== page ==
United States District Court, S.D. California
ORDER DENYING MOTION TO APPOINT COUNSEL (ECF NOS. 37,
JANIS L. SAMMARTINO, UNITED STATES DISTRICT JUDGE
before the Court is Plaintiff David Vincent Carson's
Motion to Appoint Counsel, (ECF No. 37). Plaintiff seeks
appointment of counsel to assist him in this matter.
(Id.) Plaintiff argues that “[t]he sheer
number of claims and defendants makes this a factually
complex case.” (Id. at 5.) He also contends
that he will have to present medical expert witnesses at
trial and that he will be unable to locate or interview
potential inmate witnesses who have been transferred to
different institutions. (Id.) Plaintiff further
argues that he has no legal training and this case presents
complex legal issues. (Id. at 6.) Thus, Plaintiff
moves for appointment of counsel.
is no constitutional right to counsel in a civil case.
Lassiter v. Dep't of Social Servs. of Durham
Cnty., 452 U.S. 18, 25 (1981). While under 28 U.S.C.
§ 1915(e)(1), district courts have some limited
discretion to “request” that an attorney
represent an indigent civil litigant, Agyeman v. Corr.
Corp. of Am., 390 F.3d 1101, 1103 (9th Cir. 2004), this
discretion is rarely exercised and only under
“exceptional circumstances.” Id.;
see also Terrell v. Brewer, 935 F.2d 1015, 1017 (9th
Cir. 1991). A finding of exceptional circumstances requires
“an evaluation of the likelihood of the plaintiff's
success on the merits and an evaluation of the
plaintiff's ability to articulate his claims ‘in
light of the complexity of the legal issues
involved.'” Agyeman, 390 F.3d at 1103
(quoting Wilborn v. Escalderon, 789 F.2d 1328, 1331
(9th Cir. 1986)).
does not meet either element to demonstrate
“exceptional circumstances.” First, Plaintiff has
not demonstrated his likelihood of success on the merits.
Plaintiff states his “allegations, if proved, clearly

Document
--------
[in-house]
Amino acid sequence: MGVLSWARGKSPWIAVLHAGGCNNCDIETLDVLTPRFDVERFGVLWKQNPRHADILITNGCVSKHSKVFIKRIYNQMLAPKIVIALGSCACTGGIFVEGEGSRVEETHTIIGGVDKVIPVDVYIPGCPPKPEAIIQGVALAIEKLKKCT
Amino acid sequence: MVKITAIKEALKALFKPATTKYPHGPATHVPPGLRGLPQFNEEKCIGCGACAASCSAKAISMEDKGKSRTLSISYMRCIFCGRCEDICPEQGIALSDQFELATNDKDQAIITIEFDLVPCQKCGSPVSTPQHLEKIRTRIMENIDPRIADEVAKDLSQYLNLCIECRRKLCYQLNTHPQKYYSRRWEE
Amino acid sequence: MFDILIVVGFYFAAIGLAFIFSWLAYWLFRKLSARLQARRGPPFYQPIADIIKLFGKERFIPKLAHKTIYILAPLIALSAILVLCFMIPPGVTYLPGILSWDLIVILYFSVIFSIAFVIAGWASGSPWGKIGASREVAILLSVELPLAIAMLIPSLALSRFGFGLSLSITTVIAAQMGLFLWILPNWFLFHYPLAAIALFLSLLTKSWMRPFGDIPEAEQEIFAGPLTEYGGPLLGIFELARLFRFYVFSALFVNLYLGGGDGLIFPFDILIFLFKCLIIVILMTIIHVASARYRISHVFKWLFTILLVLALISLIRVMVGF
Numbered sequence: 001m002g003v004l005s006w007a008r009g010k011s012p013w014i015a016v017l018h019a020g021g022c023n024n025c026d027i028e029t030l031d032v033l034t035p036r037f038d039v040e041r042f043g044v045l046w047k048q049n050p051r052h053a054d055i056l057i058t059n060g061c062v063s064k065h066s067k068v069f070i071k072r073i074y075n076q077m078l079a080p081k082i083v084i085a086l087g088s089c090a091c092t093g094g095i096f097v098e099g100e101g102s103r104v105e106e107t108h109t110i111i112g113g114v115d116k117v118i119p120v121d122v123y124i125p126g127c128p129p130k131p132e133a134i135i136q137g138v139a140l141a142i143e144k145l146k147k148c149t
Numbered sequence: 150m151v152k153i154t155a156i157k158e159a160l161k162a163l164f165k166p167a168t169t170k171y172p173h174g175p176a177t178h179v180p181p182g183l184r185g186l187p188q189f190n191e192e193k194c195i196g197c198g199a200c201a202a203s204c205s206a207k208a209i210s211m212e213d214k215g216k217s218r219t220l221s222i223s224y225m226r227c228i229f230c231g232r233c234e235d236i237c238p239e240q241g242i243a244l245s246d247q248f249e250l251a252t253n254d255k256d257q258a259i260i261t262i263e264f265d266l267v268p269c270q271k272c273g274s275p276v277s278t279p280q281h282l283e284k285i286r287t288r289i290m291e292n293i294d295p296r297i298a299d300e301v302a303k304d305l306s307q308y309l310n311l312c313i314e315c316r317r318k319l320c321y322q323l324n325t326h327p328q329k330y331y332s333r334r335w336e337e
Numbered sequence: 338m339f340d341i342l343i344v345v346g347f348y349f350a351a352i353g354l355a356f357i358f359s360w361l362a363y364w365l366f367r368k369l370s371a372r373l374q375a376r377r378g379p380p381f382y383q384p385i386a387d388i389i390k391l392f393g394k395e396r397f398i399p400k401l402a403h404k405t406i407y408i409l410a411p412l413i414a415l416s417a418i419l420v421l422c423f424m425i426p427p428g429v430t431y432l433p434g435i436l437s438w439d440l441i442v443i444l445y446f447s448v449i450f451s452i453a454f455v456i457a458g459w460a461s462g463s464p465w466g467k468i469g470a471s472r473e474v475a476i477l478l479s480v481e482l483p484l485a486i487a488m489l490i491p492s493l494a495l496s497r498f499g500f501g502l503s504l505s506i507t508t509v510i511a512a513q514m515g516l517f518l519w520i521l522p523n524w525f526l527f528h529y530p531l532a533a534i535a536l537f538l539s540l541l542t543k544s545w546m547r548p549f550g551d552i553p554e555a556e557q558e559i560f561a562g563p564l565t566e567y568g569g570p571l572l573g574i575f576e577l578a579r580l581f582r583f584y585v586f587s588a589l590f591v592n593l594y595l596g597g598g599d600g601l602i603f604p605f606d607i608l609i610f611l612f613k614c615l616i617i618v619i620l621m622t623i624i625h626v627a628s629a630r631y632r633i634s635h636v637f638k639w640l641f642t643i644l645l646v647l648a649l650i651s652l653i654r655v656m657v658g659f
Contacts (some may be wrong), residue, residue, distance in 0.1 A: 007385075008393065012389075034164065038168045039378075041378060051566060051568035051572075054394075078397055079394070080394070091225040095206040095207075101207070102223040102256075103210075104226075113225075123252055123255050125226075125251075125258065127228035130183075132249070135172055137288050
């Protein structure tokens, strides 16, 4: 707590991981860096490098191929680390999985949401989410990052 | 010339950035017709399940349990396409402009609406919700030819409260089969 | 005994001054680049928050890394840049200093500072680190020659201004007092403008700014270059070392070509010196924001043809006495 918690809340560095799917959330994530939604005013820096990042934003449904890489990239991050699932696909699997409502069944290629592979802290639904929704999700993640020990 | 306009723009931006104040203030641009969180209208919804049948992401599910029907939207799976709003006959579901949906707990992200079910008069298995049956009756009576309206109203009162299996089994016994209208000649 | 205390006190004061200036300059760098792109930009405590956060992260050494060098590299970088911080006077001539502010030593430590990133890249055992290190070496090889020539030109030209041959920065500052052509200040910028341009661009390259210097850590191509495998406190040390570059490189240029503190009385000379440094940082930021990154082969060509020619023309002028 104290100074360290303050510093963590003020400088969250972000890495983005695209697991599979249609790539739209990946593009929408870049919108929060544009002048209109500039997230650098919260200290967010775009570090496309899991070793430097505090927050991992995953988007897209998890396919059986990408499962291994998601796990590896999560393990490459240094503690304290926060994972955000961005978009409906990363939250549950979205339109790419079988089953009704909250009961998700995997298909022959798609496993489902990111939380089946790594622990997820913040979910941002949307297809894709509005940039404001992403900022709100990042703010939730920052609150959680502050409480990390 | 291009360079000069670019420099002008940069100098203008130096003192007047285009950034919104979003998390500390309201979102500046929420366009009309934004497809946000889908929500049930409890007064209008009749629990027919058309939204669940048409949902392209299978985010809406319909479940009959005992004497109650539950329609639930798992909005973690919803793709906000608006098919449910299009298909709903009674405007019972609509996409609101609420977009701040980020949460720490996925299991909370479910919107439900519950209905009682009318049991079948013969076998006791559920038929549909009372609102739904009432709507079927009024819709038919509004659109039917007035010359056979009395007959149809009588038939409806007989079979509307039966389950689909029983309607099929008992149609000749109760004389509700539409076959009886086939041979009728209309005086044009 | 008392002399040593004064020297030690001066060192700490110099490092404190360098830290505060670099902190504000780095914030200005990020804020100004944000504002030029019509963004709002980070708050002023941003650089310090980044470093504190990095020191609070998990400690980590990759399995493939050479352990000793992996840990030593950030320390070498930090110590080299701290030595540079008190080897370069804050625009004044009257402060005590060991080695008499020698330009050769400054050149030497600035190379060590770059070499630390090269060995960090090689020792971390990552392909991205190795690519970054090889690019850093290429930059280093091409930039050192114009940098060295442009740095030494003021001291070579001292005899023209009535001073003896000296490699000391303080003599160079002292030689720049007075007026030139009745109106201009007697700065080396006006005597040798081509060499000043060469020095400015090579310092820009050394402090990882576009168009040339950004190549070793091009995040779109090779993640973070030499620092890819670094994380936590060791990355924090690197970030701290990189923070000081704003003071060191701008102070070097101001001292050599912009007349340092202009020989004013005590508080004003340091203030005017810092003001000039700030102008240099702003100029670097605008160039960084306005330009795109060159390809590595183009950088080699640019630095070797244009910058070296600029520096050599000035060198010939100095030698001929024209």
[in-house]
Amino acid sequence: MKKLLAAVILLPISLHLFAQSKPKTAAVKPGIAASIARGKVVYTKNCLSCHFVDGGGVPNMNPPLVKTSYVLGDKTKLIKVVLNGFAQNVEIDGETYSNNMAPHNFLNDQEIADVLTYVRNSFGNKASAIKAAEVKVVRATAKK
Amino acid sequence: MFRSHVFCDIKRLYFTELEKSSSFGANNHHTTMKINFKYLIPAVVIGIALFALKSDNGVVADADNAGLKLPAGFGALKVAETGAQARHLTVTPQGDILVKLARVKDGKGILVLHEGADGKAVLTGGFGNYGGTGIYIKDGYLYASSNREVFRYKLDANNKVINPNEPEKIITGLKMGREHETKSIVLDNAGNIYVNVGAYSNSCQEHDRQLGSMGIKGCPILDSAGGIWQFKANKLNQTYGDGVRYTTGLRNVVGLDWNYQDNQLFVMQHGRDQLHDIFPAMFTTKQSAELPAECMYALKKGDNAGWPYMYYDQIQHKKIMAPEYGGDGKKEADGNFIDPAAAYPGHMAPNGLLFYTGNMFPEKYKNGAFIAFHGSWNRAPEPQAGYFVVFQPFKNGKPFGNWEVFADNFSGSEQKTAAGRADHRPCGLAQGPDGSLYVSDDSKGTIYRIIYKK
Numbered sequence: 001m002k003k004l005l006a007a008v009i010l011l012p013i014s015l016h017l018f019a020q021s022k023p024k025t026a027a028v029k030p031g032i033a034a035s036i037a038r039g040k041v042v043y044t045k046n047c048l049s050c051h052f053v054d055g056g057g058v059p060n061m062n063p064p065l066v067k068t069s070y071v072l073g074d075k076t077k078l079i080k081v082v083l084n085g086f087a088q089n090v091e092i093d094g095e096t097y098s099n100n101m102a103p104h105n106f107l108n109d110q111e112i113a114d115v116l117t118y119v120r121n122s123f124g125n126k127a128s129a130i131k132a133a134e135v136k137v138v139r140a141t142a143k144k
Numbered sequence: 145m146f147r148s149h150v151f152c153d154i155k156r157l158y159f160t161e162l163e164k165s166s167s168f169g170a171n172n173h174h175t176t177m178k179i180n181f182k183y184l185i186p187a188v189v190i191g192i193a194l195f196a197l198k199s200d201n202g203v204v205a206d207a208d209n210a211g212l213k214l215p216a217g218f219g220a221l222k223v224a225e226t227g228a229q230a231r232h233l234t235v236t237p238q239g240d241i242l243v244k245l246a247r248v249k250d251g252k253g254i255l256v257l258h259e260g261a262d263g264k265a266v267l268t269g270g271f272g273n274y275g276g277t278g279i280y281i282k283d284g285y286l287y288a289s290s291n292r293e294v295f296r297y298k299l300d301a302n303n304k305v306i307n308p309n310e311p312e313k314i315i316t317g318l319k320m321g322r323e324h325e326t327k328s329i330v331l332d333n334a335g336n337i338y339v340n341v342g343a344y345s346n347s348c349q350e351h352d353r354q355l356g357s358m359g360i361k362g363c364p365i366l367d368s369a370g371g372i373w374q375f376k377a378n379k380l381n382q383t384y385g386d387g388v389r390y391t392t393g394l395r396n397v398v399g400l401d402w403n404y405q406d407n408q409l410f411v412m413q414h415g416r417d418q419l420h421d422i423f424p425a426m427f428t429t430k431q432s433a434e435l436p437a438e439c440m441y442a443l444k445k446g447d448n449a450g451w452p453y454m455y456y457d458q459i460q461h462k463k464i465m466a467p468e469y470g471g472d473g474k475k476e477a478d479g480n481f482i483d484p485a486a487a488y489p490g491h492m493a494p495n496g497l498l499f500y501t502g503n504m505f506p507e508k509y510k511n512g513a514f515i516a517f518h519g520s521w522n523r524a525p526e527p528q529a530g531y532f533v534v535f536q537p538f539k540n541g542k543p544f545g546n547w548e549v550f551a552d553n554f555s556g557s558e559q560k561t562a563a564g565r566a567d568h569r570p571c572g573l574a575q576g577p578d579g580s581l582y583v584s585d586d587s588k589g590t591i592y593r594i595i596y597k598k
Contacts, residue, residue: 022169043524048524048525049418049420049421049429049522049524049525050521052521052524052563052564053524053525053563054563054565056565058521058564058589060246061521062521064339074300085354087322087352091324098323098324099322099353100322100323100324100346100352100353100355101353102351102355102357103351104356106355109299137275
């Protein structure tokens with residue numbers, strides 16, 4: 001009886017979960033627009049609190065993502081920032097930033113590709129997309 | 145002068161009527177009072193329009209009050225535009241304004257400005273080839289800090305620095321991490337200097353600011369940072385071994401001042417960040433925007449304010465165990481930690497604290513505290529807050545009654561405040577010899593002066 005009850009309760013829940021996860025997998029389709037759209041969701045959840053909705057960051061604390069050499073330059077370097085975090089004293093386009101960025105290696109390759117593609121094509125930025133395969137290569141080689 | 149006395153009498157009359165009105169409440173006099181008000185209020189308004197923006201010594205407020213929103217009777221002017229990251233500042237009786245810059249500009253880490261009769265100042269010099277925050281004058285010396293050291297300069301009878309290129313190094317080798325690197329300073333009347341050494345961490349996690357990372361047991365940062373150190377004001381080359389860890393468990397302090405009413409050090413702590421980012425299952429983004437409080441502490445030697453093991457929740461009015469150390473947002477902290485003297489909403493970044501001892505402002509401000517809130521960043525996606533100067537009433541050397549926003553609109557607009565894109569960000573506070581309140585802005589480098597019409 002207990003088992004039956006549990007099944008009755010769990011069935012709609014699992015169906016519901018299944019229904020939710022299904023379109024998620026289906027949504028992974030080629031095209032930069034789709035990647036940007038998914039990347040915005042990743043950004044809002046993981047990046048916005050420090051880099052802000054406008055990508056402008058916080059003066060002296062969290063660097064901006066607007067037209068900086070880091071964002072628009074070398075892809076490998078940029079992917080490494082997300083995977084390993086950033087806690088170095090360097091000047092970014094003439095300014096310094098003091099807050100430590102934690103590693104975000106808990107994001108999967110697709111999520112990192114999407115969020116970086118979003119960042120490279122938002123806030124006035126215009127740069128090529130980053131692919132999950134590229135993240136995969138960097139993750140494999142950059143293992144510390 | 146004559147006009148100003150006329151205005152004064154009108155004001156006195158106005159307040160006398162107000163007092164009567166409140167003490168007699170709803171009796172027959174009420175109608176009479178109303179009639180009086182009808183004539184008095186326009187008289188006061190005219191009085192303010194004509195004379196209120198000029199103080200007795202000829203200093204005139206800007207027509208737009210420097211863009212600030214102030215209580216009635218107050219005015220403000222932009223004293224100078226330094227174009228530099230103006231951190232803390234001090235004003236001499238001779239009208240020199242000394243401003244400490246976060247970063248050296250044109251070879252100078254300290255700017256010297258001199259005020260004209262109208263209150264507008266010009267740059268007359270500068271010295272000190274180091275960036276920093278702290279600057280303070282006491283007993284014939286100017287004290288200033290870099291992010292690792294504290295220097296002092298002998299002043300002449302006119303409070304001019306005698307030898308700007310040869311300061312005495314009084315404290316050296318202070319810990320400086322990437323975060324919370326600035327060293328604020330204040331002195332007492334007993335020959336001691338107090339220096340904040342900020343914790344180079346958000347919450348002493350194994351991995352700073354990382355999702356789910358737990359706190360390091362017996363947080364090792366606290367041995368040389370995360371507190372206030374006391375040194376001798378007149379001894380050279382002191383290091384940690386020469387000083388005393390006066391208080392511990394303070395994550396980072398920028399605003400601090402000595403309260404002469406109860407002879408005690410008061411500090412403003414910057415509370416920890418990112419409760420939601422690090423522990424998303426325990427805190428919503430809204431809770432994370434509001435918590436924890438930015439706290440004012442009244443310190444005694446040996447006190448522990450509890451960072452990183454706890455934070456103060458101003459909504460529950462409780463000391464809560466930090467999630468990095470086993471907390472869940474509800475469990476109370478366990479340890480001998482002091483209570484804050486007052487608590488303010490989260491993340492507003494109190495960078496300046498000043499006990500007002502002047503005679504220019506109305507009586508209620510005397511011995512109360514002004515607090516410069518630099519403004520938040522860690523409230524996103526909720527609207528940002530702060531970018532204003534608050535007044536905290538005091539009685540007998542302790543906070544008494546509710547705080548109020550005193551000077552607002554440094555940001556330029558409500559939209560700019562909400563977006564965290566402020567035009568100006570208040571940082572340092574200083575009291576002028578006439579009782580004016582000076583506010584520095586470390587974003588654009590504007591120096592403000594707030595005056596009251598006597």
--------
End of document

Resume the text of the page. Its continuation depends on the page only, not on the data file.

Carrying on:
would establish a constitutional violation.” (ECF No.
37, at 6.) Plaintiff's qualifying language-“if
proved”-is the lynchpin of his entire case. Anyone can
allege a constitutional violation, what matters in evaluating
the likelihood of success is proving those allegations.
Plaintiff's motion does not address the merits of his
claims, but rather concludes that he has a meritorious claim
on its face. On August 3, 2017, the Court adopted Judge
Major's Report and Recommendation, granted
Defendants' motion to dismiss, and dismissed
Plaintiff's Complaint. (ECF No. 27.) Plaintiff has filed
a First Amended Complaint and Defendants have answered.
Because Plaintiff's claims were previously dismissed and
his amended claims have not been re-evaluated by the Court,
the likelihood of Plaintiff s success on the merits in this
case is not yet clear.
the pleadings and motions filed by Plaintiff to date
demonstrate that while Plaintiff may not be a trained in law,
he is capable of legibly articulating the facts and
circumstances relevant to his claims, which are typical,
straightforward, and not legally “complex.”
Agyeman, 390 F.3d at 1103. Therefore, neither the
interests of justice nor any exceptional circumstances
warrant the appointment of counsel in this case at this time.
LaMere v. Risley, 827 F.2d 622, 626 (9th Cir. 1987);
see Terrell, 935 F.2d at 1017. Plaintiff may, of
course, re-apply should his case meet the “exceptional
circumstances” outlined above.
the Court DENIES WITHOUT PREJUDICE Plaintiffs Motion to
Appoint Counsel, (ECF No. 37), and Plaintiffs
“supplemental” Motion, (ECF No. 42).
IS SO ORDERED.
 After he filed his first Motion to
Appoint Counsel, Plaintiff filed a Motion for
Renewal/Reconsideration of Motion for Appointment of Counsel
Currently in Abeyance/Undecided. (ECF No. 42.) Because the
Court has a duty to construe pro se filing liberally, see
Hebbe v. Pliler, 627 F.3d 338, 342 & n.7 (9th Cir.
2010) (citing Bretz v. Kelman, 773 F.2d 1026, 1027
n.1 (9th Cir. 1985)), the Court considers the filing to be a
supplemental motion. The Court considers Plaintiff's
arguments in both motions in reaching its conclusion.
“supplemental” motion, (ECF No. 42), appears to
incorporate Defendants' discovery responses as evidence
that he is likely to prevail on the merits. (See
id., Ex. C, at 24 (Defendant Larocco's Responses to
Plaintiff's First Set of Requests for Admissions).)
Plaintiff is essentially asking the Court to make findings of
fact and conclusions of law in his favor prior to him
bringing, for example, a motion for summary judgment. ...